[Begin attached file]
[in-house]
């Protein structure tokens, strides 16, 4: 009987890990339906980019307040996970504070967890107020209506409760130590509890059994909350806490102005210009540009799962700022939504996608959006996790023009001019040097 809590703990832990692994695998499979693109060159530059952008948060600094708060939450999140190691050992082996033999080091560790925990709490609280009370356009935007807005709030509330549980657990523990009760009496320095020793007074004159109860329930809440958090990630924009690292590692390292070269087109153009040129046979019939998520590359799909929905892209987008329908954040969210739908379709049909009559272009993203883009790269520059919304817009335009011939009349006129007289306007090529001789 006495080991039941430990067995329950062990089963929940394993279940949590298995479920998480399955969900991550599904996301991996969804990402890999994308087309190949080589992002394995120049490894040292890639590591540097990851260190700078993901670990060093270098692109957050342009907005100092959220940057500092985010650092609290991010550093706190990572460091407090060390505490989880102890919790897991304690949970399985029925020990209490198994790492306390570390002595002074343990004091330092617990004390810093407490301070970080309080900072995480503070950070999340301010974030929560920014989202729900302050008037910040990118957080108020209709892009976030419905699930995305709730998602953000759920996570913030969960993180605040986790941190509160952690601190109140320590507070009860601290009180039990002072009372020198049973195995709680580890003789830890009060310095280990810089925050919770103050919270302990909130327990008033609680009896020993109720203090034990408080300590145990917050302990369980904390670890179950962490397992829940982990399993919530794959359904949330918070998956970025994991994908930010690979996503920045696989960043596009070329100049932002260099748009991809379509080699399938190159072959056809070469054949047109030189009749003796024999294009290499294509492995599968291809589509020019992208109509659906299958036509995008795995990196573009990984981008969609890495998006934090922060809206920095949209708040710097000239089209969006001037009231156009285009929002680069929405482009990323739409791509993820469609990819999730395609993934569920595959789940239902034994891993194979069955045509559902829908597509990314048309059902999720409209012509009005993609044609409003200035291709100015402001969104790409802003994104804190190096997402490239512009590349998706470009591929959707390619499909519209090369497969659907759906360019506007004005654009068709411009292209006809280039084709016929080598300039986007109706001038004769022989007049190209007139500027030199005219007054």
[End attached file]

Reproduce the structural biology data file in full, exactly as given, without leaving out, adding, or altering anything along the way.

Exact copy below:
[in-house]
């Protein structure tokens, strides 16, 4: 009987890990339906980019307040996970504070967890107020209506409760130590509890059994909350806490102005210009540009799962700022939504996608959006996790023009001019040097 809590703990832990692994695998499979693109060159530059952008948060600094708060939450999140190691050992082996033999080091560790925990709490609280009370356009935007807005709030509330549980657990523990009760009496320095020793007074004159109860329930809440958090990630924009690292590692390292070269087109153009040129046979019939998520590359799909929905892209987008329908954040969210739908379709049909009559272009993203883009790269520059919304817009335009011939009349006129007289306007090529001789 006495080991039941430990067995329950062990089963929940394993279940949590298995479920998480399955969900991550599904996301991996969804990402890999994308087309190949080589992002394995120049490894040292890639590591540097990851260190700078993901670990060093270098692109957050342009907005100092959220940057500092985010650092609290991010550093706190990572460091407090060390505490989880102890919790897991304690949970399985029925020990209490198994790492306390570390002595002074343990004091330092617990004390810093407490301070970080309080900072995480503070950070999340301010974030929560920014989202729900302050008037910040990118957080108020209709892009976030419905699930995305709730998602953000759920996570913030969960993180605040986790941190509160952690601190109140320590507070009860601290009180039990002072009372020198049973195995709680580890003789830890009060310095280990810089925050919770103050919270302990909130327990008033609680009896020993109720203090034990408080300590145990917050302990369980904390670890179950962490397992829940982990399993919530794959359904949330918070998956970025994991994908930010690979996503920045696989960043596009070329100049932002260099748009991809379509080699399938190159072959056809070469054949047109030189009749003796024999294009290499294509492995599968291809589509020019992208109509659906299958036509995008795995990196573009990984981008969609890495998006934090922060809206920095949209708040710097000239089209969006001037009231156009285009929002680069929405482009990323739409791509993820469609990819999730395609993934569920595959789940239902034994891993194979069955045509559902829908597509990314048309059902999720409209012509009005993609044609409003200035291709100015402001969104790409802003994104804190190096997402490239512009590349998706470009591929959707390619499909519209090369497969659907759906360019506007004005654009068709411009292209006809280039084709016929080598300039986007109706001038004769022989007049190209007139500027030199005219007054």